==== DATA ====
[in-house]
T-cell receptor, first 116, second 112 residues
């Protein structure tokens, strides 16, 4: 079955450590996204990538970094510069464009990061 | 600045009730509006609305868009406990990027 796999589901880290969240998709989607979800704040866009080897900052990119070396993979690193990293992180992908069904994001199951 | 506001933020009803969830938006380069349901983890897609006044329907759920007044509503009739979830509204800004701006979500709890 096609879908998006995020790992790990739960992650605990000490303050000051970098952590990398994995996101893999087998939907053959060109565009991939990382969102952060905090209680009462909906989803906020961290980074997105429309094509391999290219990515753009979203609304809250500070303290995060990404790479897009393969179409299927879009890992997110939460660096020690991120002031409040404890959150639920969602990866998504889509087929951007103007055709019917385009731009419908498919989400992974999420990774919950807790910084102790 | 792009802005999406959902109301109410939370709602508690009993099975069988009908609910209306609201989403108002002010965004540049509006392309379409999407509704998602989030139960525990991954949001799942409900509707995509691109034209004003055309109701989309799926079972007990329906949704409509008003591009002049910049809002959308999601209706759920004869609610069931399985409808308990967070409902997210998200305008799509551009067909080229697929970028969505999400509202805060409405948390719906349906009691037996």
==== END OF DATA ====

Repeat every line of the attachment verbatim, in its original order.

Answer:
[in-house]
T-cell receptor, first 116, second 112 residues
């Protein structure tokens, strides 16, 4: 079955450590996204990538970094510069464009990061 | 600045009730509006609305868009406990990027 796999589901880290969240998709989607979800704040866009080897900052990119070396993979690193990293992180992908069904994001199951 | 506001933020009803969830938006380069349901983890897609006044329907759920007044509503009739979830509204800004701006979500709890 096609879908998006995020790992790990739960992650605990000490303050000051970098952590990398994995996101893999087998939907053959060109565009991939990382969102952060905090209680009462909906989803906020961290980074997105429309094509391999290219990515753009979203609304809250500070303290995060990404790479897009393969179409299927879009890992997110939460660096020690991120002031409040404890959150639920969602990866998504889509087929951007103007055709019917385009731009419908498919989400992974999420990774919950807790910084102790 | 792009802005999406959902109301109410939370709602508690009993099975069988009908609910209306609201989403108002002010965004540049509006392309379409999407509704998602989030139960525990991954949001799942409900509707995509691109034209004003055309109701989309799926079972007990329906949704409509008003591009002049910049809002959308999601209706759920004869609610069931399985409808308990967070409902997210998200305008799509551009067909080229697929970028969505999400509202805060409405948390719906349906009691037996």